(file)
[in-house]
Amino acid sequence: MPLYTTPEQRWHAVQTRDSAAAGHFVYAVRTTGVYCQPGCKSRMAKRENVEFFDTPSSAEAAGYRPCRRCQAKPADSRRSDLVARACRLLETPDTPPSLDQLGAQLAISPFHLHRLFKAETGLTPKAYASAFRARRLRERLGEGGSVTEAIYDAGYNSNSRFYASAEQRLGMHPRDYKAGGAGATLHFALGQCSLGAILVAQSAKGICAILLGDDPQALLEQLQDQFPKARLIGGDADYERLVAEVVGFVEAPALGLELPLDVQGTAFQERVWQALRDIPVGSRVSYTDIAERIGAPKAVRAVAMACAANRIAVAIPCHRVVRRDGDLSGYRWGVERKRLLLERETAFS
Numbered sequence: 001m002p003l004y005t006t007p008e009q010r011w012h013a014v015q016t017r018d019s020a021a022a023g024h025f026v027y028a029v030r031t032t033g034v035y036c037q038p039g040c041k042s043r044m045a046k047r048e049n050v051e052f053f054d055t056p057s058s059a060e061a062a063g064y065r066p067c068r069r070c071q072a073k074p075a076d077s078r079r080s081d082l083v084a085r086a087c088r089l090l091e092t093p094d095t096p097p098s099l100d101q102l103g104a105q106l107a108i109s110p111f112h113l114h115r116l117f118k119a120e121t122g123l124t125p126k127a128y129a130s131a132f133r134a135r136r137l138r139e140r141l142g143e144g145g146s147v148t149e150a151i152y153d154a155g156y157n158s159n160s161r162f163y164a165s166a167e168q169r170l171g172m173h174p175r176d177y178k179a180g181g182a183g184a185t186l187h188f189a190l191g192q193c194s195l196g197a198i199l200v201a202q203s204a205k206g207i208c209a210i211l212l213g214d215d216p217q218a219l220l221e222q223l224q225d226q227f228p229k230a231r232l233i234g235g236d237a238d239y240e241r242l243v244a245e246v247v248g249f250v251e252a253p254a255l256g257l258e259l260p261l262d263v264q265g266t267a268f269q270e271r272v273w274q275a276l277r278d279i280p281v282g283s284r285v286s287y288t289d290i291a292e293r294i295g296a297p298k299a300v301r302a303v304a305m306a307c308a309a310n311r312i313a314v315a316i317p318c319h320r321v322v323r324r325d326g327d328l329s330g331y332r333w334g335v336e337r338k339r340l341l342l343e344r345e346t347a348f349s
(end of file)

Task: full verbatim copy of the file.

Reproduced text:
[in-house]
Amino acid sequence: MPLYTTPEQRWHAVQTRDSAAAGHFVYAVRTTGVYCQPGCKSRMAKRENVEFFDTPSSAEAAGYRPCRRCQAKPADSRRSDLVARACRLLETPDTPPSLDQLGAQLAISPFHLHRLFKAETGLTPKAYASAFRARRLRERLGEGGSVTEAIYDAGYNSNSRFYASAEQRLGMHPRDYKAGGAGATLHFALGQCSLGAILVAQSAKGICAILLGDDPQALLEQLQDQFPKARLIGGDADYERLVAEVVGFVEAPALGLELPLDVQGTAFQERVWQALRDIPVGSRVSYTDIAERIGAPKAVRAVAMACAANRIAVAIPCHRVVRRDGDLSGYRWGVERKRLLLERETAFS
Numbered sequence: 001m002p003l004y005t006t007p008e009q010r011w012h013a014v015q016t017r018d019s020a021a022a023g024h025f026v027y028a029v030r031t032t033g034v035y036c037q038p039g040c041k042s043r044m045a046k047r048e049n050v051e052f053f054d055t056p057s058s059a060e061a062a063g064y065r066p067c068r069r070c071q072a073k074p075a076d077s078r079r080s081d082l083v084a085r086a087c088r089l090l091e092t093p094d095t096p097p098s099l100d101q102l103g104a105q106l107a108i109s110p111f112h113l114h115r116l117f118k119a120e121t122g123l124t125p126k127a128y129a130s131a132f133r134a135r136r137l138r139e140r141l142g143e144g145g146s147v148t149e150a151i152y153d154a155g156y157n158s159n160s161r162f163y164a165s166a167e168q169r170l171g172m173h174p175r176d177y178k179a180g181g182a183g184a185t186l187h188f189a190l191g192q193c194s195l196g197a198i199l200v201a202q203s204a205k206g207i208c209a210i211l212l213g214d215d216p217q218a219l220l221e222q223l224q225d226q227f228p229k230a231r232l233i234g235g236d237a238d239y240e241r242l243v244a245e246v247v248g249f250v251e252a253p254a255l256g257l258e259l260p261l262d263v264q265g266t267a268f269q270e271r272v273w274q275a276l277r278d279i280p281v282g283s284r285v286s287y288t289d290i291a292e293r294i295g296a297p298k299a300v301r302a303v304a305m306a307c308a309a310n311r312i313a314v315a316i317p318c319h320r321v322v323r324r325d326g327d328l329s330g331y332r333w334g335v336e337r338k339r340l341l342l343e344r345e346t347a348f349s